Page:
Today marks Charlie's and my 6 month anniversary, and in a "coincidence" that only God could have arranged, it is also the wedding anniversary that Jettie and I shared for 41 years. In light of this remarkable blend of past and future, I write some brief thoughts about what I have learned about the grief process, a grief brief of sorts.
I am sure that some of what I write here, I have written before, but it seems good to write from a place that's farther down the road since I last wrote. This is the year of 2nd anniversaries (birthdays, anniversary, other significant holidays), and it's also a year of new beginnings (wonderful new beginnings!), so perhaps I have learned a few more things to share. Here goes.
First, this whole healing process takes longer than we think. Although some of the people I know who have experienced great loss try to "get on with life" by ignoring their pain, the general consensus of those who are healing well are united in their agreement with this statement. Significant, life-altering loss takes more than a couple of months to recover from. This is not to suggest that we cannot move on with life, but I do believe that failure to allow for deep healing, failure to anticipate how our internal timekeeper tracks events we want to ignore, failure to gather others around us who will listen and understand will leave us walking with more of a limp than necessary. There is something profoundly healing in itself to just let the process take its time.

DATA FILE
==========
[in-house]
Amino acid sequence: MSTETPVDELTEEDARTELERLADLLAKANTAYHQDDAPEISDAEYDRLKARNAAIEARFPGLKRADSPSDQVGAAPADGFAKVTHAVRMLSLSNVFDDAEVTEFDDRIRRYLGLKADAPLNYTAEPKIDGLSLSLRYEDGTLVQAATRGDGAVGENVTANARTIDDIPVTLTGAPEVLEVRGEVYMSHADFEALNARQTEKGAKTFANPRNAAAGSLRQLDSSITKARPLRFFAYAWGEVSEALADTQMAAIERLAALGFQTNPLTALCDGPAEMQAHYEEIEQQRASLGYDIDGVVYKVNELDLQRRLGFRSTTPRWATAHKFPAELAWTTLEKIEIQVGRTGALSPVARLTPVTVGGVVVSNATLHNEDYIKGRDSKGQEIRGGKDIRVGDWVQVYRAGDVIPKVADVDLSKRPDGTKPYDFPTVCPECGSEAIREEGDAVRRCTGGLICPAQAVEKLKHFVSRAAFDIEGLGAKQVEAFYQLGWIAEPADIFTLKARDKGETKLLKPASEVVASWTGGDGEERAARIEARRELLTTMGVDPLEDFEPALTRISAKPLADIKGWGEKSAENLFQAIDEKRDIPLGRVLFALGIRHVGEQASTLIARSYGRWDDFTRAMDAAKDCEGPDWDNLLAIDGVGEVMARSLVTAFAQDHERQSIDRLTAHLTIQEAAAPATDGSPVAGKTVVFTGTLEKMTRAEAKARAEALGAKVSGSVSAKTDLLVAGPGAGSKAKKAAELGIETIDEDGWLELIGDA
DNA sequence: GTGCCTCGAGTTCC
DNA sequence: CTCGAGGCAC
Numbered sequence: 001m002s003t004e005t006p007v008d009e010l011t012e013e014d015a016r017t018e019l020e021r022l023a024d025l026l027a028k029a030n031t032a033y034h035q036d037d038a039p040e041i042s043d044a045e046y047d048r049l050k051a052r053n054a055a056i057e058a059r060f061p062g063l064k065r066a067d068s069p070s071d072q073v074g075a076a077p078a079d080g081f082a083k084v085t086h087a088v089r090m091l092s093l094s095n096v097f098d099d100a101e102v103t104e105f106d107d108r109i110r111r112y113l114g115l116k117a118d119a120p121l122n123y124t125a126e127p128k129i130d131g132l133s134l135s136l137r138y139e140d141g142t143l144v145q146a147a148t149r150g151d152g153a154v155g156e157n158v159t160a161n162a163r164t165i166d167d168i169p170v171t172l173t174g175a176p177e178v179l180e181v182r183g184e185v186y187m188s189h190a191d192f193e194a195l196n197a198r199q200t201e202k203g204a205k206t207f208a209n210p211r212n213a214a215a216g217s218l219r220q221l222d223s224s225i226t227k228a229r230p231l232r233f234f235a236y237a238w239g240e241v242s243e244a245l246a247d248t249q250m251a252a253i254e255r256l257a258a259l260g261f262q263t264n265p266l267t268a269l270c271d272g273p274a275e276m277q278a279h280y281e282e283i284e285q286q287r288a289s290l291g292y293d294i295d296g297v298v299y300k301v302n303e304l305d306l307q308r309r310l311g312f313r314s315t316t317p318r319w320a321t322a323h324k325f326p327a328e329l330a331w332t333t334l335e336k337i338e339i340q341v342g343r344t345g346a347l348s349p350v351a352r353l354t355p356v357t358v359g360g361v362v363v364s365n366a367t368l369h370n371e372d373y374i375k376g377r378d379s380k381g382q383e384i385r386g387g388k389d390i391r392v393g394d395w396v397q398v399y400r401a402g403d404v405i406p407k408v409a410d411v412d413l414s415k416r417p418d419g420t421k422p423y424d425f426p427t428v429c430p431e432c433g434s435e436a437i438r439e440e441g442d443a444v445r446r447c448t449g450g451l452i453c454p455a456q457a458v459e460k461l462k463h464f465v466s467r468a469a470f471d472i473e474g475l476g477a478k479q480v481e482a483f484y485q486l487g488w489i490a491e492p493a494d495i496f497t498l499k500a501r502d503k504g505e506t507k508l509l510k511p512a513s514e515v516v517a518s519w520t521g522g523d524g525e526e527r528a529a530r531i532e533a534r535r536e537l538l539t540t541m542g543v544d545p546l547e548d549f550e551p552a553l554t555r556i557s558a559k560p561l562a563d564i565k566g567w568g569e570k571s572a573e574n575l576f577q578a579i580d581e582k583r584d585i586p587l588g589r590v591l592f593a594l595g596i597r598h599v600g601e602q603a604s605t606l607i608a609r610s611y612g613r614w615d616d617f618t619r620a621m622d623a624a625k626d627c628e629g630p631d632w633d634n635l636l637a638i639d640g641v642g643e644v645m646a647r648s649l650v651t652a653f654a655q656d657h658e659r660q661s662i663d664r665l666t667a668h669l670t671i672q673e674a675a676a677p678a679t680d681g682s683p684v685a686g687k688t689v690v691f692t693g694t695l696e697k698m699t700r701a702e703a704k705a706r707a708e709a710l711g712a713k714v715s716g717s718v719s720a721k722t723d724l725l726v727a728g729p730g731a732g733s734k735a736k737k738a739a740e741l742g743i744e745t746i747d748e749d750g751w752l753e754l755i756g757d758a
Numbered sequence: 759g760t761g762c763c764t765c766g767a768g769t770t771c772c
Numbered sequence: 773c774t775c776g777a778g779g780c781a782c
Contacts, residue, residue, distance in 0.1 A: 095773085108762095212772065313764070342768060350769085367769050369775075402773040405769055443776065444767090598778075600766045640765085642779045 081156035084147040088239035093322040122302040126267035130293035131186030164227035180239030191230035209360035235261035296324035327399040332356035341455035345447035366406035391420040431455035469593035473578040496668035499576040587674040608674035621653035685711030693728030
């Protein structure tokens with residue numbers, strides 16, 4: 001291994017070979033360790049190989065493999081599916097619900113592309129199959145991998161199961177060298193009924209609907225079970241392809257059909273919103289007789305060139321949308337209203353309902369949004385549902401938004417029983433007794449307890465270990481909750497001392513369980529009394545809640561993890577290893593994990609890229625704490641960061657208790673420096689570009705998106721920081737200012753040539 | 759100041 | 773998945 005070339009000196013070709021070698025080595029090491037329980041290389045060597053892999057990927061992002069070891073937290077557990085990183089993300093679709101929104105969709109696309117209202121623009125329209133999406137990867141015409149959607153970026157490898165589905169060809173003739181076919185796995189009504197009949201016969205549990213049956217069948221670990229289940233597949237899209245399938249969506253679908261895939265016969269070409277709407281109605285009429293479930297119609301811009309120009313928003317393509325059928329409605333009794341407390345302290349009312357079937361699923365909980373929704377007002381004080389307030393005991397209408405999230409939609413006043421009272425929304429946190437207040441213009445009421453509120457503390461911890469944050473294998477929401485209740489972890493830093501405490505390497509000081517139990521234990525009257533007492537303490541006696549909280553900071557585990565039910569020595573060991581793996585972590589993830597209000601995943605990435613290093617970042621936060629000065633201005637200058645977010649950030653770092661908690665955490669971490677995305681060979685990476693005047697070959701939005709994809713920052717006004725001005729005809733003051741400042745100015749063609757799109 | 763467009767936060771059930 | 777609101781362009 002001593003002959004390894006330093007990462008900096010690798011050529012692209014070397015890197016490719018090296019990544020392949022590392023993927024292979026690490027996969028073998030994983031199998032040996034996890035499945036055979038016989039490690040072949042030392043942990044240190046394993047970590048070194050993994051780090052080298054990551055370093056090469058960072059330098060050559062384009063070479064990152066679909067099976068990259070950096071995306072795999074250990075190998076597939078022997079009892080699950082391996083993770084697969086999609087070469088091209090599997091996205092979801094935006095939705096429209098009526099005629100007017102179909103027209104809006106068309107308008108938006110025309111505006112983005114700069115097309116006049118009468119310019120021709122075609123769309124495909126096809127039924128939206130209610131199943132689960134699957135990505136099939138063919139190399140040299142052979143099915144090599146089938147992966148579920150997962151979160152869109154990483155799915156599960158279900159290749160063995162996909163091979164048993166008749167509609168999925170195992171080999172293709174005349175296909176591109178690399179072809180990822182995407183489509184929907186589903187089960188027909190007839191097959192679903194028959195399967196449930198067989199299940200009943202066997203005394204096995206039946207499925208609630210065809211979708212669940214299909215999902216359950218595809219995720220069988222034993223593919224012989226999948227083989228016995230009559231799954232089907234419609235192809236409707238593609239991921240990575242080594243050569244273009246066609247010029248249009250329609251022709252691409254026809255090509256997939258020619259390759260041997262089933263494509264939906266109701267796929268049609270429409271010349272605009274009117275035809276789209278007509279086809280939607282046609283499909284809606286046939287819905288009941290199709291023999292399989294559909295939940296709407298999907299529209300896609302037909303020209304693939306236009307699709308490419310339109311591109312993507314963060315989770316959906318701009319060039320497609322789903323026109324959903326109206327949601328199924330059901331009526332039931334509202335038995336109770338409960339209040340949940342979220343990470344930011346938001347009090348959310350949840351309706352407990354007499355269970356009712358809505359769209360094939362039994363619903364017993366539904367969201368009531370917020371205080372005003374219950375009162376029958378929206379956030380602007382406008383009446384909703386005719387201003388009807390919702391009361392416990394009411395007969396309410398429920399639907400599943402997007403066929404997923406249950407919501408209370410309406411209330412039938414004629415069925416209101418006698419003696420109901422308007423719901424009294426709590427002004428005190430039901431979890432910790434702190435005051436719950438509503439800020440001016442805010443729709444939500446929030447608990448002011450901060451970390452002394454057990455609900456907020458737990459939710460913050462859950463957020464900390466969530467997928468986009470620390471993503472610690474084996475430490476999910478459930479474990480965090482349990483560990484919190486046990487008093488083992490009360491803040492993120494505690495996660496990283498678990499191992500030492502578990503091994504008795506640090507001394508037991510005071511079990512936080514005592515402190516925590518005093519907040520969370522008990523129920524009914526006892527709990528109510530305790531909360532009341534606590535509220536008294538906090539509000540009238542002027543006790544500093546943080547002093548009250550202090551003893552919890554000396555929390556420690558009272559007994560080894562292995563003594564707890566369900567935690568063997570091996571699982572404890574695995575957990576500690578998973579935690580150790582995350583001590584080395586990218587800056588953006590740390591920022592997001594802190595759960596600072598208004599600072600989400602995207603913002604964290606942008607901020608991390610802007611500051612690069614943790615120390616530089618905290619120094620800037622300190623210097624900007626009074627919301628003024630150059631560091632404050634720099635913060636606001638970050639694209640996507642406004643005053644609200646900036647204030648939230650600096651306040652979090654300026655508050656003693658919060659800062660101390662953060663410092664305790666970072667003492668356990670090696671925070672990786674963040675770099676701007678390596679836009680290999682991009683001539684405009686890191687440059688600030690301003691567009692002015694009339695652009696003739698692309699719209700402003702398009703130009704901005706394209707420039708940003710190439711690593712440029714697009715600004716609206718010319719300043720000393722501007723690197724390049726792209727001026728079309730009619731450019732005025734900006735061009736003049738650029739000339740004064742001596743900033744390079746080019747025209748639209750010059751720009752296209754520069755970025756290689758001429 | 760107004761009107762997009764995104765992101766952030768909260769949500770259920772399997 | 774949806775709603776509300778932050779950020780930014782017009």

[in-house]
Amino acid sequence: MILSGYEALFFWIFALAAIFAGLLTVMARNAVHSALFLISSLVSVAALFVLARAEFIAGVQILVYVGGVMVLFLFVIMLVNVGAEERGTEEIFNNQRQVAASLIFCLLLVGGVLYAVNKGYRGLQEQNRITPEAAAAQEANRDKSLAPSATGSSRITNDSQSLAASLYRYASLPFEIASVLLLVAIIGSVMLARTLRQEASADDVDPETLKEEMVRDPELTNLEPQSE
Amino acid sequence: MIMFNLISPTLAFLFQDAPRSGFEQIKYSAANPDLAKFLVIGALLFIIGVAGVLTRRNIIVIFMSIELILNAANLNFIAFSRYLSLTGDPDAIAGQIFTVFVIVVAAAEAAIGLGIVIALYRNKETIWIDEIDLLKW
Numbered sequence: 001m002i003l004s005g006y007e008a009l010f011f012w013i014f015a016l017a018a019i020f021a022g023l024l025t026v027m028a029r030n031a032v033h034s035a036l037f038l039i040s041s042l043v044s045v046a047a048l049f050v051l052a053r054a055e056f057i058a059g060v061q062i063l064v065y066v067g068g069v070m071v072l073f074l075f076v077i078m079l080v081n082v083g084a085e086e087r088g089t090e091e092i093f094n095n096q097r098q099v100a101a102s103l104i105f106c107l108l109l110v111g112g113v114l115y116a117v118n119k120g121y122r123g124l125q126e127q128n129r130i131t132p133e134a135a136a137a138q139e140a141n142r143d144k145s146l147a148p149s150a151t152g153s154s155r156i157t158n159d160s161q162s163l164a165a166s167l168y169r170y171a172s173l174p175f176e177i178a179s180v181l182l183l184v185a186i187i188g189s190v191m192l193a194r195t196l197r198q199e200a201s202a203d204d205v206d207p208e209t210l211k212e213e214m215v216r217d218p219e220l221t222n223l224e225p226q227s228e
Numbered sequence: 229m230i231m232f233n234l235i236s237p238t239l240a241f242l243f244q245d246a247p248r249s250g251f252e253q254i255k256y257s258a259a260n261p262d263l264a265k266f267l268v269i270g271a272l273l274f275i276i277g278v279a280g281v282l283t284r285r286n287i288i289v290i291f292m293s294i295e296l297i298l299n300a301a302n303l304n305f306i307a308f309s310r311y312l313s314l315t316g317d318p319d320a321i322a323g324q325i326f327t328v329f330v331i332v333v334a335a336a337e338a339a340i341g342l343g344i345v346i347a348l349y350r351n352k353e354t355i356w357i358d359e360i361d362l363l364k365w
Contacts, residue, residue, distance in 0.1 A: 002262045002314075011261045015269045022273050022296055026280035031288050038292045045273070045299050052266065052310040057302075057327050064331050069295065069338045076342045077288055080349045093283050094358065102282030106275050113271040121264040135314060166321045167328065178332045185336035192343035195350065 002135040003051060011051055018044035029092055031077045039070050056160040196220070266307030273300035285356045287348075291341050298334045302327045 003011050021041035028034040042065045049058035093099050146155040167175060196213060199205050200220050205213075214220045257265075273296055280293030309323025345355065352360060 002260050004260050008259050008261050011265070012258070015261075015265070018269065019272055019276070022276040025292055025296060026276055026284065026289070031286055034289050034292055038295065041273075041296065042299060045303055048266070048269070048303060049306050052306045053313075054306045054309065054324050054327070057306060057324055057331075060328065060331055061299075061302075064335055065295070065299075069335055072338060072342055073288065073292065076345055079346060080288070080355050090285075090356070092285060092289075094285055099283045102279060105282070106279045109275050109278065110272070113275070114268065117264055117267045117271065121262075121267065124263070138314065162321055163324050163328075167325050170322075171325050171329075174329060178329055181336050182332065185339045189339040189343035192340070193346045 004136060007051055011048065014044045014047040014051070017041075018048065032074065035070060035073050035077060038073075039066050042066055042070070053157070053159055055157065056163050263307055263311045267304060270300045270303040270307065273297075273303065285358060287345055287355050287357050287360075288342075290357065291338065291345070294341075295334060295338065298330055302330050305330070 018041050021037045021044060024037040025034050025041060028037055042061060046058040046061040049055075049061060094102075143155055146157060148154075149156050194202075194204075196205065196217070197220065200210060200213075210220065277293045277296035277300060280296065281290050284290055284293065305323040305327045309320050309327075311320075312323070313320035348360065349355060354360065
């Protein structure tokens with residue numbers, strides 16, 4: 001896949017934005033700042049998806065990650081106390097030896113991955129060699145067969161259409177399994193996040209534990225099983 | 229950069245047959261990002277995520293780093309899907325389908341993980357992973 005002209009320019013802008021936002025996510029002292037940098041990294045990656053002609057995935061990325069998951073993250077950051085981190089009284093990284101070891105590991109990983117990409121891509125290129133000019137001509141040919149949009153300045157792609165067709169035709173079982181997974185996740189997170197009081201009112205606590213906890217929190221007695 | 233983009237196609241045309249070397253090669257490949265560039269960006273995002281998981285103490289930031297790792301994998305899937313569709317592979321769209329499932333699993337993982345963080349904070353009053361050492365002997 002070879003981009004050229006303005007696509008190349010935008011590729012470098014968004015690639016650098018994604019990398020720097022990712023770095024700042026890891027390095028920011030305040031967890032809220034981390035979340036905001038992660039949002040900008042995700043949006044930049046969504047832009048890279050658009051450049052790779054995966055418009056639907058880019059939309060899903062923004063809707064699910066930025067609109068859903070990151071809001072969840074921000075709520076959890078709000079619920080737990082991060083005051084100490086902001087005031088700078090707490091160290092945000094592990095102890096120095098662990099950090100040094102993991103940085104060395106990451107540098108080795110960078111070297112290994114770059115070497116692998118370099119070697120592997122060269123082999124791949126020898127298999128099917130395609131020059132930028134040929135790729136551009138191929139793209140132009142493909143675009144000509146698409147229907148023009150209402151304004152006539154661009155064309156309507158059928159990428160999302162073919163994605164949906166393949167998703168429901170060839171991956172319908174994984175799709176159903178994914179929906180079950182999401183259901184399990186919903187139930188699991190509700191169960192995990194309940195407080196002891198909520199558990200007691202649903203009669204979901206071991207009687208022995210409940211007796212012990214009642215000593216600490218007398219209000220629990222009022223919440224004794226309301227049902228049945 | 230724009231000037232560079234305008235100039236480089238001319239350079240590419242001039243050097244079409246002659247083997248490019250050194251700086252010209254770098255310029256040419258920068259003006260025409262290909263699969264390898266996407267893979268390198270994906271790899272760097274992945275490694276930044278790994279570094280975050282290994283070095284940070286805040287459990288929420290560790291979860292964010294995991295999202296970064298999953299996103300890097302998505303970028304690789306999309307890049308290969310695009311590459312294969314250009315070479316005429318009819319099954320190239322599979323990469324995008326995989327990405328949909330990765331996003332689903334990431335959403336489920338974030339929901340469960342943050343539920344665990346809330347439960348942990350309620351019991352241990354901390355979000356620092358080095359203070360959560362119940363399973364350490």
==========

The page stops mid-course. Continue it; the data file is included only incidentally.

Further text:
Second, as I just hinted, we need others with us on this journey who will listen and understand while we continue to process. I see now God's wisdom in my asking Him to give me a widow for my next life partner when I began to consider getting married again. Charlie's grace has been extended to me many times over the period of our relationship and marriage because he listens and loves me from a point of deep understanding. (She also prayed expectantly for her spouse to be healed from cancer and felt many of the same things I did when that didn't happen). And God has placed others in my life who have been there to listen as well. I could not have reached the point of wholeness I am approaching without a loving and safe community around me.
Third, if you ignore it, it won't go away. I doubt that the old adage about ignoring things works very well for anything, but it certainly doesn't work with the process of restoration from loss. Although we are not to wallow in sorrow and should only visit the valley of shadows with our hand in God's, it is not at all helpful to ignore depression, anger and similar emotions when they arise and we become aware of their connection to the loss. Better to hold things up into the Light and let God's searching gaze discover and heal the wound than to pretend we aren't still hurting. As I have said in many contexts, anxiety in any form (anger, depression, whatever) is God's invitation to healing, a beckoning call to come aside and let the Spirit of truth expose the lies and speak the Truth as He also embraces us. Although I have known that I am Abba's little boy for quite some time, grief has solidified this to me in a remarkable way. I realize more than ever that there will be times in my life until I see Him face to face that I will need a hug, some "lap time," or "shoulder time." So, dear one, when you are tempted to ignore, listen instead for Papa's invitation.